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Old 11-09-2007, 01:02 PM
b.amateur b.amateur is offline
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Join Date: Nov 2007
Rep: 10 Posts: 11
Location: Europe
Baltic & other early sandwich designs

Hello everybody,

finally joined after reading in this forum for a few months.

I have a couple of questions on the 1970s/early 80s Baltic models.

I am looking for an absolutely seaworthy boat around 40 feet that sleeps at least 6 people but is still safely manageable by a couple of which one is a non-sailor.
A Balsa sandwich construction is favorized by me, not only for the weight, but also because of better fatigue resistance - my budget only allows a boat aged 25+ years.

Here comes the first problem: I only know of Baltic building cruising boats from sandwich construction in that time - would like to broaden my range of choice - can you tell me some other boatyards that did the same in comparable quality (donīt want to start digging out a rotten balsa core...)? Wasa could be an example...?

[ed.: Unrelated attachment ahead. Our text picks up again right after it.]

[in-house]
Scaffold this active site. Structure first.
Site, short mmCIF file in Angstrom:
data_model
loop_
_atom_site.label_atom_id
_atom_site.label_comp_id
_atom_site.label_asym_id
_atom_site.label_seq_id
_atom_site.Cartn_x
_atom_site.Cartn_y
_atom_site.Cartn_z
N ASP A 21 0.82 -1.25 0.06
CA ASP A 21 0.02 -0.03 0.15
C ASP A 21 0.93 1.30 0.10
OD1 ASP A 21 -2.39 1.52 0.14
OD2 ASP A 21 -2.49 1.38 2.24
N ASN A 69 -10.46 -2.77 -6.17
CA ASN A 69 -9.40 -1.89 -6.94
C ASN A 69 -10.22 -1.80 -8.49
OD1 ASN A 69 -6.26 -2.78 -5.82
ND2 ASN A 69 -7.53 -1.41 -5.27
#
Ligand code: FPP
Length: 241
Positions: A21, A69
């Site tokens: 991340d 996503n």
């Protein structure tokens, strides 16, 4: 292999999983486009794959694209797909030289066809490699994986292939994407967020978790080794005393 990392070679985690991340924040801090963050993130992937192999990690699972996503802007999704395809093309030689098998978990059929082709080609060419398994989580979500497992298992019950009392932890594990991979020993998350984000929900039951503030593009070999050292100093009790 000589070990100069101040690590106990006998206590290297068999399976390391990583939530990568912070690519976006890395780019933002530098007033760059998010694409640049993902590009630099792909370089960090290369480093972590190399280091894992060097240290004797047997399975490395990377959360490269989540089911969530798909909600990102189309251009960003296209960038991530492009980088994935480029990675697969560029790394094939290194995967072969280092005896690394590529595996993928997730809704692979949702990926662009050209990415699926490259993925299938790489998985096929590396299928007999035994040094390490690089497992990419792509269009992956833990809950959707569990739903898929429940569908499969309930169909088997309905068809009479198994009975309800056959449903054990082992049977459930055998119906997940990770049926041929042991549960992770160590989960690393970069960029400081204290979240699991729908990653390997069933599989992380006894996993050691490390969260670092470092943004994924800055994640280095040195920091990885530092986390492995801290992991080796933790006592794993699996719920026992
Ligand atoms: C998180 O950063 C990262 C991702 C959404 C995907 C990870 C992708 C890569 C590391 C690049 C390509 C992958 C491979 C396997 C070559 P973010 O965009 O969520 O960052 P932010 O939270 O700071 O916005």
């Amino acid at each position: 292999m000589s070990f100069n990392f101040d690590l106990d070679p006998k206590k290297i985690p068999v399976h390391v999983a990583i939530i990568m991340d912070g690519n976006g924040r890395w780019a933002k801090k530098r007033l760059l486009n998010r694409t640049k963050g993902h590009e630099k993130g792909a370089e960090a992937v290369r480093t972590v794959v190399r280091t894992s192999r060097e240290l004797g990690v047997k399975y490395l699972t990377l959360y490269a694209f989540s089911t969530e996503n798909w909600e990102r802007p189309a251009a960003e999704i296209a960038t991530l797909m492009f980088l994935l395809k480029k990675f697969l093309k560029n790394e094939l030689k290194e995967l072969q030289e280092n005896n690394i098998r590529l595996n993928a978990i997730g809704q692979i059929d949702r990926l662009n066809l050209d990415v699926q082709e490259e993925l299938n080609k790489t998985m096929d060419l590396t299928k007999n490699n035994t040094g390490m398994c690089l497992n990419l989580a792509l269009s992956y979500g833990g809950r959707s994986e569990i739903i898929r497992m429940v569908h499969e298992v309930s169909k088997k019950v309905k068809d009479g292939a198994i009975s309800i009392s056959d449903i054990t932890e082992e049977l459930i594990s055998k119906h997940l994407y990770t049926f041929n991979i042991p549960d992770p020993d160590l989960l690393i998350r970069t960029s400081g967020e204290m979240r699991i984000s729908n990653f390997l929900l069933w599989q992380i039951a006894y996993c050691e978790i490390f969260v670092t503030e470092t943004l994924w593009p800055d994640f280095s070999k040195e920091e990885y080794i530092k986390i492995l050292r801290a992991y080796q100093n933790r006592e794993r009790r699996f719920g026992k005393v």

Has anybody heard of a 1970s Baltic with serious water damage/rot in the deck...or god forbid even the hull?

Another question: What do you think of the Baltic C&C constructions with respect to being handled shorthanded? The 37 should be no problem, but I also have a 42 in mind. You know if it was derived from the 1975 Tina-I-Punkt built for the German Admiralīs Cup team?

And finally: Iīve read in this forum that there was a version of the Doug Peterson Baltic 42 built in South Africa (under the name Magnum). Have other Baltic models been built down there as well?

Thanks a lot for giving your opinions,

a bloody amateur
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  #2  
Old 11-12-2007, 05:52 PM
Gilbert Gilbert is offline
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Join Date: Aug 2004
Rep: 28 Posts: 525
Location: Cathlamet, WA
I think you may find that older boats with balsa core are more likely to have osmosis problems than newer ones, meaning the core could be wet and have potential delamination issues. So please be careful about that aspect of any vessel you are considering.
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